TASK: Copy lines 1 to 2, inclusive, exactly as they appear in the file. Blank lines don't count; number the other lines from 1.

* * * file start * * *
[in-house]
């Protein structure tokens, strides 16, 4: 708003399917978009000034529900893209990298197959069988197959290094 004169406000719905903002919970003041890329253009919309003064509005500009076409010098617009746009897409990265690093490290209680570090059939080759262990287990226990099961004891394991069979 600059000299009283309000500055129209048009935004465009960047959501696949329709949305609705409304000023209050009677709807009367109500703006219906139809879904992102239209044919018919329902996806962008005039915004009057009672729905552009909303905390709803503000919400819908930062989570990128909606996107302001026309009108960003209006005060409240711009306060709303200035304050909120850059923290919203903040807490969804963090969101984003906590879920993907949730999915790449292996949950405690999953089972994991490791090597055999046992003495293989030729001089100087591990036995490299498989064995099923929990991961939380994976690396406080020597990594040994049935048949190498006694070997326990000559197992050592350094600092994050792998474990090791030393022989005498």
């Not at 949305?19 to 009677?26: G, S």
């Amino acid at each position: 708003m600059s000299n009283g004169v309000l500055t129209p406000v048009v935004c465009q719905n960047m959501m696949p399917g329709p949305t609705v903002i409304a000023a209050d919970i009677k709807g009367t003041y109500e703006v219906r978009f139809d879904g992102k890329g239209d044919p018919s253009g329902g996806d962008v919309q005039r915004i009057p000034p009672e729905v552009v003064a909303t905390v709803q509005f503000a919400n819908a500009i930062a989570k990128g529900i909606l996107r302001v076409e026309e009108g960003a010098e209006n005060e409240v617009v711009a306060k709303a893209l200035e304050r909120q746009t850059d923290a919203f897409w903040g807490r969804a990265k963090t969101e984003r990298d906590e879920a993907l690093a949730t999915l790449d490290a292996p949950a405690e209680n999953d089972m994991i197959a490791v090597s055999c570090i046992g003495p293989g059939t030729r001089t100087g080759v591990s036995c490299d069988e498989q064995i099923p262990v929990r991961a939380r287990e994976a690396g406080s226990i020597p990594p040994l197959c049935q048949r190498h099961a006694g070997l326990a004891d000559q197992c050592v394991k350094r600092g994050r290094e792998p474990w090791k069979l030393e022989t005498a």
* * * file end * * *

[in-house]
């Protein structure tokens, strides 16, 4: 708003399917978009000034529900893209990298197959069988197959290094 004169406000719905903002919970003041890329253009919309003064509005500009076409010098617009746009897409990265690093490290209680570090059939080759262990287990226990099961004891394991069979 600059000299009283309000500055129209048009935004465009960047959501696949329709949305609705409304000023209050009677709807009367109500703006219906139809879904992102239209044919018919329902996806962008005039915004009057009672729905552009909303905390709803503000919400819908930062989570990128909606996107302001026309009108960003209006005060409240711009306060709303200035304050909120850059923290919203903040807490969804963090969101984003906590879920993907949730999915790449292996949950405690999953089972994991490791090597055999046992003495293989030729001089100087591990036995490299498989064995099923929990991961939380994976690396406080020597990594040994049935048949190498006694070997326990000559197992050592350094600092994050792998474990090791030393022989005498």